A Perfect Copy
In present-day Dublin, problems arise at an auction sale when two strangers, Daisy Staunton and Ben Tarrant, both want to sell identical portraits of a beautiful 19th-century lady by a well-regarded Irish artist. One must be a fake, but which one? The plot thickens when, after a brief discussion, they realise not only are they related, they descend from a Jewish community in Russian-dominated Poland (now present-day Ukraine), which adds extra resonance to today’s readers.
What begins as a modern romance between Ben, a primary school teacher, and Daisy, a marketing executive, takes a dramatic twist to relate the lives of two young impoverished Jewish sisters, Rosa and Lena Rabinovitch. The novel follows the reversals of fortune in their relationship and their separate flights to Vienna, Paris and London, reinventing themselves along the way. As Ben and Daisy each learn more about their origins, they discover harsh family secrets, causing them to question their own lives and priorities and what they want in life.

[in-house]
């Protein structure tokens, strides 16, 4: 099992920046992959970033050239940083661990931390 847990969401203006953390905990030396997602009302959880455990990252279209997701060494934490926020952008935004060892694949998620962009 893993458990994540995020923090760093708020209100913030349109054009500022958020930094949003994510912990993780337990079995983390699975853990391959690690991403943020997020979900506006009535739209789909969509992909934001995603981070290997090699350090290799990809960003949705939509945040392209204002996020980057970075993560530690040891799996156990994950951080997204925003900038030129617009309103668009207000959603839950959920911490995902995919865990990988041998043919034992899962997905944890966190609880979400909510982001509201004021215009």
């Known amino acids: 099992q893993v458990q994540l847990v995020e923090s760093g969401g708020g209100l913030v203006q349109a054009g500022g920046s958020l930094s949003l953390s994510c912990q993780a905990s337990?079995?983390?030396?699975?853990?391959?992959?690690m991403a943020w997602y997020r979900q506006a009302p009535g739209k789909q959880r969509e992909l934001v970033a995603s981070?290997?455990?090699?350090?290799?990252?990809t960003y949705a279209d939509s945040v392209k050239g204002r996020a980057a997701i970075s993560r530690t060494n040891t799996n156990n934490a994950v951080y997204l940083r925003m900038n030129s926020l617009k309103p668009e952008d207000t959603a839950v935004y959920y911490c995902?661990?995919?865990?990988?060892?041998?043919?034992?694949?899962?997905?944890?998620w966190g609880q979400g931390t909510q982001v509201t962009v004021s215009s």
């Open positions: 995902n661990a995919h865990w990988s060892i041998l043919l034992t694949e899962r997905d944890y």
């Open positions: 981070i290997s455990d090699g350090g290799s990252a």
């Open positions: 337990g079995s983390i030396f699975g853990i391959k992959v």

There was much in this detailed novel I enjoyed, and it provides a rich portrayal of European history with the addition of a sweet love story. It also gave me pause for thought as to my own origins. I only wished the text had been edited more rigorously, and I could have empathised more with the characters, although the author took great pains to explain why they acted as they did. Desperation makes for tough decisions and deep regrets.